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Aeneas (Earth-616)

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Aeneas was the son of Aphrodite, Goddess of Love and Beauty, and of Anchises, King of Dardanus.[1]

Dardanus was an ally of Priam and Troy, and consequently enemies of Agamemnon, as Paris, son of Priam, had taken Helen, promised of Agamemnon's brother Menelaus, leading to the Siege-War of Troy.[1]

Facing a giant boar, he was saved by Thor.[1]

With Thor, he later assisted to the single combat between Menelaus and Paris, and rejoiced to see Paris defeated, meaning the war's end. As Paris was about to be slain, Aphrodite came invisible to save him, seen only from Thor and Aeneas.[1]

The was soon reignited by Athena who manipulated Pandarus of Lycia to strike an arrow at Menelaus. Aeneas took Pandarus with him on a chariot for him to attack Menelaus at close range, but he was slain by Diomedes (manipulated by Athena as well).

As Aeneas went to help the fallen Pandarus, Diomedes struck him with a massive rock and attempted to slay Aeaneas, who was timely protected by Aphrodite, then by Thor.[1]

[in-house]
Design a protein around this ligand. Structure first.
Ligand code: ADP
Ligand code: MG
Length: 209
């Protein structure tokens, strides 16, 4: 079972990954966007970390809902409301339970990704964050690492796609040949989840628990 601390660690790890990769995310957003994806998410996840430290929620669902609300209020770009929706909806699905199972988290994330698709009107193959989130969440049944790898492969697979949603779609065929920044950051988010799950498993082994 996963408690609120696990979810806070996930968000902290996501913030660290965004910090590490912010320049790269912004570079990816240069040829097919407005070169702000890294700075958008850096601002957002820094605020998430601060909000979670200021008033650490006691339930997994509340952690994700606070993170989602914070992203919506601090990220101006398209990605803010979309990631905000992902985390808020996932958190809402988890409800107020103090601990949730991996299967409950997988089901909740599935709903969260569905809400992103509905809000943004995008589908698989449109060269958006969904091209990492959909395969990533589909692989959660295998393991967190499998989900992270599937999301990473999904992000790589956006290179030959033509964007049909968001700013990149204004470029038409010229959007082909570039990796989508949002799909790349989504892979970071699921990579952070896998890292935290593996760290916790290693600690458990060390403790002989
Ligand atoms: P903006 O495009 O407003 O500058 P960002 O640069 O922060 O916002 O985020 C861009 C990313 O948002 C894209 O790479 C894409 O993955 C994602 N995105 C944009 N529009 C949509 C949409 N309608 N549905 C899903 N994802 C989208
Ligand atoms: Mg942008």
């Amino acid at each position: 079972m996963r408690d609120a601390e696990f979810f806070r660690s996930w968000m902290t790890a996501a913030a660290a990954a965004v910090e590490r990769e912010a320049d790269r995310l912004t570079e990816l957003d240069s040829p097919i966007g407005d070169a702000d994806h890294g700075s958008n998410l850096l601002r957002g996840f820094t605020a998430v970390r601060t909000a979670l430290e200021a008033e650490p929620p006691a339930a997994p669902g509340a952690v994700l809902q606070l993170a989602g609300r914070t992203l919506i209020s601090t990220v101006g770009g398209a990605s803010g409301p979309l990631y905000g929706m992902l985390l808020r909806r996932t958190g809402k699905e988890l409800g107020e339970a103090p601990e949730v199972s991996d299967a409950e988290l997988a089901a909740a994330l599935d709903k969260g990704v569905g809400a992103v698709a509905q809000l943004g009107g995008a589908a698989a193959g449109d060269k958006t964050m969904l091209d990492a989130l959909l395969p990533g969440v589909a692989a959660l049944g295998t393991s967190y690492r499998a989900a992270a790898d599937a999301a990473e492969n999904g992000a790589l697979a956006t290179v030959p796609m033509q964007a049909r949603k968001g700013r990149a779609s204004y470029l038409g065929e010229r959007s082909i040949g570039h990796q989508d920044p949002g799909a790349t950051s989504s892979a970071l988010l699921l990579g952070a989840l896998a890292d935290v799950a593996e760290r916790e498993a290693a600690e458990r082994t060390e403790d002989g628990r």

Thor evacuated Aeneas within the walls of Troy, where he asked the Norse God to heal him for him to return to battle.[1]

Troy was eventually destroyed, thanks to an advise of Loki to Odysseus about a trick involving a wooden horse presented as an offering but filled with armed men.[1]

Aeneas somehow survived, but was involved in his own saga and in the founding of Rome.[1] Through the assistance of the Eternal Forgotten One, Aeneas united the Etruscan tribes that would one day lead to the Roman Empire.[2]


Aeneas was able to see the Gods (or at least his mother) when they came to Earth in disguise of invisibility.[1]


An armor and helmet.[1]




Spears and a sword.[1]

  • The last panel of the story including a statement that the following year's annual would be about the founding of Rome by Aeneas. The essay "A Few Ounces of Troy" by Roy Thomas also indicated that the following year's annual would feature the second meeting of Aeneas and Thor. Yet Thor Annual #9 was a completely different story written by Chris Claremont instead.

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